The thermocouple is a safety device that senses the pilot light’s presence. The thermocouple may be faulty if the pilot light doesn’t stay lit.


Test Your Thermocouple

First, ensure the thermocouple hasn’t slipped or shifted, preventing a full flame from the pilot light. If that’s not the problem, replace the thermocouple and check that the pilot light is clear of any debris.

You can test your thermocouple by blowing out the pilot light With the gas valve on and a watch in hand. Listen to the gas valve and count the seconds until you hear a click telling you that the gas valve has closed. If you hear a click in 25 seconds or less, replace the thermocouple and clean the pilot light. 

However, your thermocouple is fine if you hear a click in 25-60 seconds. A healthy thermocouple will be hot, taking longer to cool down and signal the gas valve to close. But wait 5 minutes before relighting the pilot. 


Repair or Replace Your Mobile Home Furnace?

Now, to address the elephant in the room, should you repair or replace your mobile home furnace?

If you’ve exhausted all of your troubleshooting options or the age of your mobile furnace doesn’t justify the cost of repairs, it might be time to consider a new unit. 

Here are some factors to consider:

  1. Age of the Furnace: Mobile home furnaces typically have a 15-20-year lifespan. Suppose your furnace is nearing the end of its life, and you’re facing frequent repairs. In that case, investing in a new, energy-efficient model might be more cost-effective.
  2. Repair Costs: Consider the cost of repairs. If the repair cost is significant and your furnace is aging, investing in a new one could be a better long-term solution.
  3. Energy Efficiency: Newer furnaces are often more energy-efficient, which can lead to lower utility bills and a reduced environmental impact. If your current furnace is inefficient, a replacement could save you money in the long run.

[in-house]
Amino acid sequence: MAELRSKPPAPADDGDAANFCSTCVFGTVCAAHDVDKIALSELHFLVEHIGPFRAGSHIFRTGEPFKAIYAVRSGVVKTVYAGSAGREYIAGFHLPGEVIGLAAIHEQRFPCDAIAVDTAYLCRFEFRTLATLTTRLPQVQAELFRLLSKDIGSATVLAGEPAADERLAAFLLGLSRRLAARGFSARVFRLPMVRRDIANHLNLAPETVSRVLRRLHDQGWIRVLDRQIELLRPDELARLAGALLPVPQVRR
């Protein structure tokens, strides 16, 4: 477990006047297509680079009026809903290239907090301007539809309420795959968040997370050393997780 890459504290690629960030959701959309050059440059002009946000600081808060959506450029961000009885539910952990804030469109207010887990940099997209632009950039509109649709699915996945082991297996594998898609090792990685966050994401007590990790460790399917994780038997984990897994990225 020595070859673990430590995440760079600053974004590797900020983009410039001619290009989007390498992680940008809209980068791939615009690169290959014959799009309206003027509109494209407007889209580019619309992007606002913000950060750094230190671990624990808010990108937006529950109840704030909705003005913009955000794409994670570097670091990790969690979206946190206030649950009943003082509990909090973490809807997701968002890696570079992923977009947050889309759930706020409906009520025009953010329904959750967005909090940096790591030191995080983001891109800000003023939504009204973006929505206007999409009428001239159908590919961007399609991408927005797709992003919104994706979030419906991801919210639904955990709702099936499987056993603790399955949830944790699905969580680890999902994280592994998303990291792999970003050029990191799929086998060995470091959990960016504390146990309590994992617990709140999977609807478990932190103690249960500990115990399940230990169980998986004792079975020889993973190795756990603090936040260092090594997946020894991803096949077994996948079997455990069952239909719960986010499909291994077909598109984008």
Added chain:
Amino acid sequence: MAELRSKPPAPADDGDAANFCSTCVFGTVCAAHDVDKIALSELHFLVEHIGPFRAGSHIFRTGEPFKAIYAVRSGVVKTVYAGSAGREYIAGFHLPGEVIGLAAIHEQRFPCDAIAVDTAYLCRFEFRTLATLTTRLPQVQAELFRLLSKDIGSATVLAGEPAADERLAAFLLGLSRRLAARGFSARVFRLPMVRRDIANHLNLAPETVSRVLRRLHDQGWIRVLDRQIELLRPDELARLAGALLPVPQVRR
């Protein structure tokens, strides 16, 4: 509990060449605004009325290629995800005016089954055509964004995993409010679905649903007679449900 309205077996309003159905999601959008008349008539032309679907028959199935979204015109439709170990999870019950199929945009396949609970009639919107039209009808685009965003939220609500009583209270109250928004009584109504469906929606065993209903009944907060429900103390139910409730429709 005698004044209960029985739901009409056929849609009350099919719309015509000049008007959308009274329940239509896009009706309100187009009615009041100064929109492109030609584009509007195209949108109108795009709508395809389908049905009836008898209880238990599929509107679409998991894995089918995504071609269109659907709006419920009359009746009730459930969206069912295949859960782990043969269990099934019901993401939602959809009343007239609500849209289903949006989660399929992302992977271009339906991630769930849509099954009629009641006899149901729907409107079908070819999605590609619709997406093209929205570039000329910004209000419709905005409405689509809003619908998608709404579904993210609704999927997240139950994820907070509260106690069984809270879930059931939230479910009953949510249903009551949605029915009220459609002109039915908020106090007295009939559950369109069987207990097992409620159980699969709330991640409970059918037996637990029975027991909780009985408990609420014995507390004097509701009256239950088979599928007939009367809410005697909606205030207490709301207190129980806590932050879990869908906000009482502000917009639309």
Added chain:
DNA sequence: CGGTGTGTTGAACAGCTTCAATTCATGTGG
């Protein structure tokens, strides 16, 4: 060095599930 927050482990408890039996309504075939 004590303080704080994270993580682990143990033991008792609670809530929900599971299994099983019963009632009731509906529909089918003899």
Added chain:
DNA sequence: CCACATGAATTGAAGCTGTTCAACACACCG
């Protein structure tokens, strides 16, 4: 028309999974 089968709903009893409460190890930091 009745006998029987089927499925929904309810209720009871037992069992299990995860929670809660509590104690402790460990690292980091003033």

4. Comfort and Reliability: Frequent breakdowns and unreliable heating can be frustrating and uncomfortable. If your furnace is causing constant issues, it might be time for a replacement.
  5. Warranty: Check if your current furnace is under warranty. If it is and the repair is covered, it might make sense to go for the repair. However, if the contract has expired, consider the other factors mentioned.


Stay Warm with Mobile Home Parts Store

Mobile Home Parts Store is your trusted partner when it comes to ensuring the warmth and comfort of your mobile home during the chilly winter months. We’ve explored the intricacies of mobile home furnace operation, identified common issues, and provided valuable troubleshooting tips. Now, as you ponder whether to repair or replace your furnace, remember that Mobile Home Parts Store offers a wide range of high-quality parts and supplies for your mobile home furnace needs.

Whether you decide to extend the life of your current furnace with our top-notch Coleman and Nordyne replacement parts or opt for a more energy-efficient replacement, Mobile Home Parts Store is your go-to source. With our extensive selection and expert guidance, you can make the best choice for your home’s heating needs.

Don’t let the cold weather catch you off guard – shop at Mobile Home Parts Store today and ensure your mobile home stays warm and cozy throughout the winter season.